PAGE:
TOPEKA, Kan. (AP) — Kansas' highest court declared Friday that the state finally is spending enough money on its public schools under a new education funding law but refused to end a lawsuit filed nearly a decade ago because it wants to monitor future funding by the Legislature.
The state Supreme Court issued a unanimous decision signing off on a law enacted in April that will boost the state's education funding by roughly $90 million a year. It was the high court's seventh ruling in less than six years in a lawsuit filed by four local school districts in 2010.
Kansas spends more than $4 billion a year on its public schools — about $1 billion more than it did during the 2013-14 school year — because of the court's decisions. Increases are promised through the 2022-23 school year, and the new law was designed to ratchet up spending to account for inflation, something the court ruled last year was necessary.
"The State has substantially complied with our mandate," the court said in its unsigned opinion.
The decision not to close the case means the Supreme Court retains a hammer over the governor and legislators. If the districts believe that the state has broken its promises, they can return to the high court for another order, instead of being forced to file a new lawsuit and have a lower-court trial first. Alan Rupe, the districts' lead attorney, promised to move quickly if legislators "start backing up on what they promised."
The districts had argued that in adjusting spending for inflation, state officials botched the math and needed to provide ever-larger boosts through 2022-23. Rupe said he is disappointed that "we lost the argument," but pointed to the spending increases lawmakers were forced to approve in recent years.
"We can't complain," Rupe said. "Holy cow, when you look at everything that's been accomplished, it is absolutely a significant achievement."
David Smith, a spokesman for the Shawnee Mission School District, said that it would take districts some time to "catch back up, but we will definitely see a difference."
"Over the last 17 years, for 14 of those years funding was inadequate," Smith said. "That means we have a lot of work to do to make up for what we didn’t have."
Brian Hogsett, who serves on the Kansas PTA Board of Managers and also has children in the Shawnee Mission School District, said he was disappointed it took this long for the funding issue to be resolved.
"As a parent, having to answer a survey from the school district to make a decision to clean classrooms overnight or other programs to remain in place was a very frustrating process," he said.
Democratic Gov. Laura Kelly, who took office in January, had championed the new law as a way to potentially end the lawsuit. It passed the Republican-controlled Legislature with bipartisan support.
Kelly said the latest ruling made Friday "a great day for Kansas and for our kids," and Attorney General Derek Schmidt, a Republican, said the lawsuit is behind the state "as long as the Legislature and governor fulfill the promises they have made."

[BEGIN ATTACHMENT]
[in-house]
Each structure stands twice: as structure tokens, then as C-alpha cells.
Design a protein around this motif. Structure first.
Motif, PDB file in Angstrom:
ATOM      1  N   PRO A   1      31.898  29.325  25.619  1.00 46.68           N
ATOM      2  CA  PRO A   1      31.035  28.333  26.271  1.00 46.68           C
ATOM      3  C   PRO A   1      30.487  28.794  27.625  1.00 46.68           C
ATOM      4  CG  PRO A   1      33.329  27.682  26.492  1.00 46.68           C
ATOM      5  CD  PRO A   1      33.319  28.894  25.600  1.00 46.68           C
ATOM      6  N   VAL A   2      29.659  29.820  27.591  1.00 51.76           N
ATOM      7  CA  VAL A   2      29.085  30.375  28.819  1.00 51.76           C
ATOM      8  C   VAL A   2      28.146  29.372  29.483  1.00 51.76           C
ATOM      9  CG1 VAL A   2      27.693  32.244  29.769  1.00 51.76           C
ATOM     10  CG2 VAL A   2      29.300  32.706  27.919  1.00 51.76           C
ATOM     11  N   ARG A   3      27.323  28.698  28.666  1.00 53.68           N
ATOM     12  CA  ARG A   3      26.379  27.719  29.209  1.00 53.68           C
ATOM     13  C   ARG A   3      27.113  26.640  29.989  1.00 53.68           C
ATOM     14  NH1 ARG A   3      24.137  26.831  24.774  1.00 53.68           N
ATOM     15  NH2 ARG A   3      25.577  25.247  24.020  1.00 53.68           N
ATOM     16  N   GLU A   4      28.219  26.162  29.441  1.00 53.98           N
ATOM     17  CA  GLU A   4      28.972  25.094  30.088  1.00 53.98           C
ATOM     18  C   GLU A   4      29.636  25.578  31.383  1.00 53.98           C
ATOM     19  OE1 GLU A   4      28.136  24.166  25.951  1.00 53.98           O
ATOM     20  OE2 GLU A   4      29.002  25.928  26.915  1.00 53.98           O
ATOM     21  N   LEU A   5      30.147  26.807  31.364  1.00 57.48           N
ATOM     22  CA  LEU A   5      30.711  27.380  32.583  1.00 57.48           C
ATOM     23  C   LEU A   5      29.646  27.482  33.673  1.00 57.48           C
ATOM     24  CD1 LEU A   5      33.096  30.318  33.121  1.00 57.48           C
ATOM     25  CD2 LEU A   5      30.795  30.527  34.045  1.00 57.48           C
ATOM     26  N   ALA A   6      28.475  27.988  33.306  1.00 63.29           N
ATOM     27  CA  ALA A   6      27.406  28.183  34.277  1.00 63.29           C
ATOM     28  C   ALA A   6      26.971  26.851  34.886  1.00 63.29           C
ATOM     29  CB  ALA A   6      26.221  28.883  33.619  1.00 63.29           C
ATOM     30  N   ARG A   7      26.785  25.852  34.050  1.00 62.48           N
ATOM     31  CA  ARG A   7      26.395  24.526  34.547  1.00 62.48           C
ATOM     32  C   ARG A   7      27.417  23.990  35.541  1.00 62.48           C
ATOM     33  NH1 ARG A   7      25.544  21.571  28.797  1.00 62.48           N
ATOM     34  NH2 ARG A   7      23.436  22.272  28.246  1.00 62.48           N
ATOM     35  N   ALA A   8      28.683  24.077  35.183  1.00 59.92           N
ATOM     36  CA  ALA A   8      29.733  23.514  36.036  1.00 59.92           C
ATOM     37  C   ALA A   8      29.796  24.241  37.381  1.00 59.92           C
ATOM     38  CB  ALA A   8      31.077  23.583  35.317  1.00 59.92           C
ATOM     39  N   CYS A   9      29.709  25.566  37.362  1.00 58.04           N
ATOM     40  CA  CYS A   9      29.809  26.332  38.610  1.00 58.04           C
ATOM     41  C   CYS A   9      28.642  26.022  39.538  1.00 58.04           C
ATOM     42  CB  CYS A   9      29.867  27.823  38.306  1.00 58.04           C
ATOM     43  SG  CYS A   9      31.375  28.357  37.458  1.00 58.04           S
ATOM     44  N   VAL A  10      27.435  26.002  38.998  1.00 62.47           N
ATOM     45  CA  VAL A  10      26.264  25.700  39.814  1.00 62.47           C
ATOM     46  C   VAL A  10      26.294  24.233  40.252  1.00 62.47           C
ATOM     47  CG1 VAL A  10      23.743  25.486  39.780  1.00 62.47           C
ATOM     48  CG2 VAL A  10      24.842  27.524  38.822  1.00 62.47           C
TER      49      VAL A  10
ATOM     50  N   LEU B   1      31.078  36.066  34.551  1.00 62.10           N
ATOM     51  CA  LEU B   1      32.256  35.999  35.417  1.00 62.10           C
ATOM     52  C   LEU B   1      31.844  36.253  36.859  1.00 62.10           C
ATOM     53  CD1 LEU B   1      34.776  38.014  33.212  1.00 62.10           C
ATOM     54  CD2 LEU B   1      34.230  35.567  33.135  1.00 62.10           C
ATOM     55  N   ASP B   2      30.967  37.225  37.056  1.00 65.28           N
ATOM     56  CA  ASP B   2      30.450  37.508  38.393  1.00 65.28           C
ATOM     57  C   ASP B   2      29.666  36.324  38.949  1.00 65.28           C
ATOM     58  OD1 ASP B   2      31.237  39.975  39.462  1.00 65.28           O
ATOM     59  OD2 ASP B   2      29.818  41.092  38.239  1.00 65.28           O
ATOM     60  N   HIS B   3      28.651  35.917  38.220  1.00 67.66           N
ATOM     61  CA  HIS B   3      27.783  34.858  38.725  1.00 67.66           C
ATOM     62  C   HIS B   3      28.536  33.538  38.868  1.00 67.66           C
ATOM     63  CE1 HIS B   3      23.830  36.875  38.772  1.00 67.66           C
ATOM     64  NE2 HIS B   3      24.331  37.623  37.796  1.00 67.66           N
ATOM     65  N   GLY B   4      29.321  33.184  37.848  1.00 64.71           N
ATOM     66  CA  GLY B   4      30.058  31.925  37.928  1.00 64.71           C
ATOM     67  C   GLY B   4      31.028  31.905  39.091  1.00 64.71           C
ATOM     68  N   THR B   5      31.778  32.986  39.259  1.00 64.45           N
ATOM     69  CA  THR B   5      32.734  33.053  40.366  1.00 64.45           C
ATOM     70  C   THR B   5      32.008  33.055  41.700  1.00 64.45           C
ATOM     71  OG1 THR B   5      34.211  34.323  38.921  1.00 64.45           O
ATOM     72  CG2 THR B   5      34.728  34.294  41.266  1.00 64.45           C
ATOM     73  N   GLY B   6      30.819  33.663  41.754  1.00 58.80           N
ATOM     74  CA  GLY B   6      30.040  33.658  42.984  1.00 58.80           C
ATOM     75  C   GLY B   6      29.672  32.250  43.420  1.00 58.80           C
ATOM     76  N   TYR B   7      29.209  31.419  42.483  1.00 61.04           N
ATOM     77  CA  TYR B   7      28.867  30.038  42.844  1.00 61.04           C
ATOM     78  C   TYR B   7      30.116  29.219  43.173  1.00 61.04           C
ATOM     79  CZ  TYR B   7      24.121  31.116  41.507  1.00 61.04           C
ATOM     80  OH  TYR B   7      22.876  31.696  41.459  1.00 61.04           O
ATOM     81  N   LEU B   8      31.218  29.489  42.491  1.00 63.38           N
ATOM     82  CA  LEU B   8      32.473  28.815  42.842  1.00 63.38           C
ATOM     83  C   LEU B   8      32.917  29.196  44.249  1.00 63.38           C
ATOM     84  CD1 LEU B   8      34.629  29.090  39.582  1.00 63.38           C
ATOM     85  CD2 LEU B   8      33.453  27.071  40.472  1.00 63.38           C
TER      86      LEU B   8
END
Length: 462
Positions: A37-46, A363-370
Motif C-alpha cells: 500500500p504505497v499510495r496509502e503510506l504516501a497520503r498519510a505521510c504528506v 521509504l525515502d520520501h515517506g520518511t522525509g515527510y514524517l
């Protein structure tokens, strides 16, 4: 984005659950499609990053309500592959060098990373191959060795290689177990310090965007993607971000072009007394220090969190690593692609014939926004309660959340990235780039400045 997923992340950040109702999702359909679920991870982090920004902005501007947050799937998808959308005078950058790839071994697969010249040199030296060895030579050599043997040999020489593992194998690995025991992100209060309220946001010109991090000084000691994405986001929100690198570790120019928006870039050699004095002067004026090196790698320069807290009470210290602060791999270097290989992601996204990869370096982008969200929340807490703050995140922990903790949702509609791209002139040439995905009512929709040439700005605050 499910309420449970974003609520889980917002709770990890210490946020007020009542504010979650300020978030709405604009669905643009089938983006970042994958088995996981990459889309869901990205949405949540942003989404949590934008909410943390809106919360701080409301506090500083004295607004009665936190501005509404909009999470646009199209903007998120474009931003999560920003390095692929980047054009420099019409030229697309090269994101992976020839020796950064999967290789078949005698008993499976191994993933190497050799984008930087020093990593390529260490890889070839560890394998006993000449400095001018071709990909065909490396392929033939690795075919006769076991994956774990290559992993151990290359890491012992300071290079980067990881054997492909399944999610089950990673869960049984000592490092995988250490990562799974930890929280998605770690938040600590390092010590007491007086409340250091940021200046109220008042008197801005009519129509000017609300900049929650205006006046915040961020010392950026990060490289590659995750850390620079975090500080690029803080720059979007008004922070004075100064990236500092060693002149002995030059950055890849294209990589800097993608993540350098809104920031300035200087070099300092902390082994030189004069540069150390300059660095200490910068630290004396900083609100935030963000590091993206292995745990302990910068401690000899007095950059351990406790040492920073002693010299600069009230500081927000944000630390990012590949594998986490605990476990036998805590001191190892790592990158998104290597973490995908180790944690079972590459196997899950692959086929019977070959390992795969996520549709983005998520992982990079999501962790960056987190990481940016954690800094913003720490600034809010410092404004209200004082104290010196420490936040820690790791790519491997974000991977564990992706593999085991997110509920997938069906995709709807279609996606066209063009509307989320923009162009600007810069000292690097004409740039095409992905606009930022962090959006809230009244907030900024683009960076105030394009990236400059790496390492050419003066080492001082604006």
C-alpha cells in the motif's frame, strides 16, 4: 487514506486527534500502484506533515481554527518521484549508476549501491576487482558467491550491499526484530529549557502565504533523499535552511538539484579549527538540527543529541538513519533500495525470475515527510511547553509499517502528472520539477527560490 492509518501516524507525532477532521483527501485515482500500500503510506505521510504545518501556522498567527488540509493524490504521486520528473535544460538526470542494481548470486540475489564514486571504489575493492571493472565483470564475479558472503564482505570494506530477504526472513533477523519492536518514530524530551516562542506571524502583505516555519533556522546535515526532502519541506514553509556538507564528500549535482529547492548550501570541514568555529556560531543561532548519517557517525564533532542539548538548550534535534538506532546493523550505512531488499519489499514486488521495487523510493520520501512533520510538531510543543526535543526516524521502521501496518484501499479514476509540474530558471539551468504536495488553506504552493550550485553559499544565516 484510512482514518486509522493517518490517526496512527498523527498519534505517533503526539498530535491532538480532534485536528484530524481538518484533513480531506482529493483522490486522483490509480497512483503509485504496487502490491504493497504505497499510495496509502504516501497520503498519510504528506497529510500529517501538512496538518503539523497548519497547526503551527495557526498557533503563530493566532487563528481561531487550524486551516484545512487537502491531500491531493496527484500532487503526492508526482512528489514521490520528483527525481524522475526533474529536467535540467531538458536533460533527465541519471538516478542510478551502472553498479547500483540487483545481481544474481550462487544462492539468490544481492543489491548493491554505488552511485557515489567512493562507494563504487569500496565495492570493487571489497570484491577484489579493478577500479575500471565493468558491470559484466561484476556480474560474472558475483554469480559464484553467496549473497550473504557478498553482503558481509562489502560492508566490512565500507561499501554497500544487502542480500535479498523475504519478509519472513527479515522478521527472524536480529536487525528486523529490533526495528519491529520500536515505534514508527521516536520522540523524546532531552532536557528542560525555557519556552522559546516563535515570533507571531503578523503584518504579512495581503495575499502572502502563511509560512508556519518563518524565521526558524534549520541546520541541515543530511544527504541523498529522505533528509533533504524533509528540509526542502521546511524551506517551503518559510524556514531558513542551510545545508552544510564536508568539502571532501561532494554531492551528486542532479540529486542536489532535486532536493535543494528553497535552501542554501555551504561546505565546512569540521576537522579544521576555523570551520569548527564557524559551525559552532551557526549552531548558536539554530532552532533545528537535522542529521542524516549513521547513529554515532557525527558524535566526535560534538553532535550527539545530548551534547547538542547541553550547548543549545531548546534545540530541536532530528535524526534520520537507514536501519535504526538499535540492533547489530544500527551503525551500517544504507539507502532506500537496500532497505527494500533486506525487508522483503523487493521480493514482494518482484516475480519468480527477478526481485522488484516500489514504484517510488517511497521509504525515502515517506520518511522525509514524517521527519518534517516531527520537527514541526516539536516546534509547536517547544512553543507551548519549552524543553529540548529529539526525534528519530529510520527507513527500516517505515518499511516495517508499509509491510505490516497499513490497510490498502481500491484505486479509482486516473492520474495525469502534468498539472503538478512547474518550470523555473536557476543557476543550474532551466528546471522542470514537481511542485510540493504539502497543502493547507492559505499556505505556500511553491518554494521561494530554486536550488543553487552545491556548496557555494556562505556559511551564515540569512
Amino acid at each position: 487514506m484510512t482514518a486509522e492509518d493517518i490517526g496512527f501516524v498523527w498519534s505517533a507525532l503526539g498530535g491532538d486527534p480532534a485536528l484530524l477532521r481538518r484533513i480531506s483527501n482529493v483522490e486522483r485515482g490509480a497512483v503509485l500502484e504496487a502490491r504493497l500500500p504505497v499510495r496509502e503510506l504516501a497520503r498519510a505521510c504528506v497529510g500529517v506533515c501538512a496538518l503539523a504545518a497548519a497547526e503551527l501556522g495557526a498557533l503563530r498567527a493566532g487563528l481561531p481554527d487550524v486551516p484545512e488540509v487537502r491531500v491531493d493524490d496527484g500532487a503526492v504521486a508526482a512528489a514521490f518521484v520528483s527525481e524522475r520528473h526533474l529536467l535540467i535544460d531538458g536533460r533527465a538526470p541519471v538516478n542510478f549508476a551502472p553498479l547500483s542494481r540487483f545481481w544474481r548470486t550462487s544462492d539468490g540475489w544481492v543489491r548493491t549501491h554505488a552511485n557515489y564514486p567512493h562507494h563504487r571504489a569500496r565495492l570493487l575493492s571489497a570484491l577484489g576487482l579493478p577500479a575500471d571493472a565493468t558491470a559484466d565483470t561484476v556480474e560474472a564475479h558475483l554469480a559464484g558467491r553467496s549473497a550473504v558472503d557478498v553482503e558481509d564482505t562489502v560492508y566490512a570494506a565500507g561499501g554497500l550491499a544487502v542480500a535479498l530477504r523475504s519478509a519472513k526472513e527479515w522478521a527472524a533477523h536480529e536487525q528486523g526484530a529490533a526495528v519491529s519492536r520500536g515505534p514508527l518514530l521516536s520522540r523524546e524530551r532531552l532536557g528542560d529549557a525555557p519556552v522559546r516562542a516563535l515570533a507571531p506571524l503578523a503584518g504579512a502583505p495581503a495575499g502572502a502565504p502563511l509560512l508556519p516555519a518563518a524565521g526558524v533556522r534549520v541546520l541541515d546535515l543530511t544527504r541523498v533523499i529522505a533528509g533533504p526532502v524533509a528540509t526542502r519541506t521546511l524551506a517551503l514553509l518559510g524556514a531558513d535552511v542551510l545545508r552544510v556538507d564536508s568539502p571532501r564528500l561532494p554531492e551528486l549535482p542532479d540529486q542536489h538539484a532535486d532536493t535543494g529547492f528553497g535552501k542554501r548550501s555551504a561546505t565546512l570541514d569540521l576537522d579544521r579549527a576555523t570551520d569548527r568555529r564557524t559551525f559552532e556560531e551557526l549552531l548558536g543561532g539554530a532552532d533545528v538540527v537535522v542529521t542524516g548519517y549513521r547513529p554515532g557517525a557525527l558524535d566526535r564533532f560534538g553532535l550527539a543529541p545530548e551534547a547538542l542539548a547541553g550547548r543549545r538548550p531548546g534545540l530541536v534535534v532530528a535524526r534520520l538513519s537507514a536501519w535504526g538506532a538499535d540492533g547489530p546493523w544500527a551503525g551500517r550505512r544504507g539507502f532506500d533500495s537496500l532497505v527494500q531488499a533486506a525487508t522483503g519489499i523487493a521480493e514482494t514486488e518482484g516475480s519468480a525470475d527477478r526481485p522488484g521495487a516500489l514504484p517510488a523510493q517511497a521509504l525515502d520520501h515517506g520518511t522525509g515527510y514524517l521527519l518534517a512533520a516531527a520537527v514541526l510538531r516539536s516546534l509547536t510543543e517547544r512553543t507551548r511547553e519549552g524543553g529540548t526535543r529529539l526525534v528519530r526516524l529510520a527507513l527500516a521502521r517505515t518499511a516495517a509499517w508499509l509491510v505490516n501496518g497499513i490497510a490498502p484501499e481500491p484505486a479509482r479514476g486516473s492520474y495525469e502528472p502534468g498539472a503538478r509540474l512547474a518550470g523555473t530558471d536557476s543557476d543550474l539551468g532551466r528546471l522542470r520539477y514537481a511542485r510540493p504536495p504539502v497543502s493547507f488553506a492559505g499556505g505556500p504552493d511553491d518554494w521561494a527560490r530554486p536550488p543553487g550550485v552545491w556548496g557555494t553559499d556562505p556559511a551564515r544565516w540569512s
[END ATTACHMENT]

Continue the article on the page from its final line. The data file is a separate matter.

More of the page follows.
Other Republicans were less enthusiastic. Some, particularly conservatives, have questioned whether the state can sustain the new spending in the future without raising taxes or cutting state spending elsewhere.
"Our kids and our schools deserve better than an empty promise," said House Speaker Ron Ryckman Jr., a conservative Kansas City-area Republican.
Kansas has been in and out of school funding lawsuits for several decades. The state constitution says lawmakers "shall make suitable provision for finance" of the state's "educational interests." The Supreme Court has ruled repeatedly that the language requires legislators to provide enough money and distribute the dollars fairly enough to finance a suitable education for every child.
In a previous lawsuit, the Supreme Court issued rulings in 2005 and 2006 that forced the Legislature to approve big increases in education funding. The court closed that earlier case, and the state backtracked after the Great Recession of 2007-08, prompting the lawsuit in 2010.
That history seemed to be on the mind of Justice Dan Biles during a May hearing on this year's law. Biles, a former State Board of Education attorney, told the state's solicitor general that the Legislature had "reneged" on past funding promises and, "I don't have a lot of sympathy for the idea of dismissing this lawsuit."
In its unsigned opinion Friday, the court said, "We retain jurisdiction to ensure continued implementation of the scheduled funding."
School funding decisions have made the Supreme Court a political issue, with conservative Republicans arguing that the justices have overstepped their authority and infringed on the Legislature's power to make spending decisions.
That long-standing discontent bolstered unsuccessful campaigns by conservatives in 2014 and 2016 to remove six of the seven justices. Justices face a statewide, yes-or-no vote on whether they remain on the bench every six years after being appointed by the governor.
Four of the targeted justices were appointed by Democratic Gov. Kathleen Sebelius and the other two, by moderate GOP Gov. Bill Graves. The seventh justice was appointed by conservative Republican Gov. Sam Brownback.
The court's decision Friday isn't likely to end the debate over reigning in the court's power by amending the state constitution.
"It's time for a thoughtful conversation about whether this process we have witnessed over the past decade is really how Kansans want school finance decisions to be made," Schmidt said.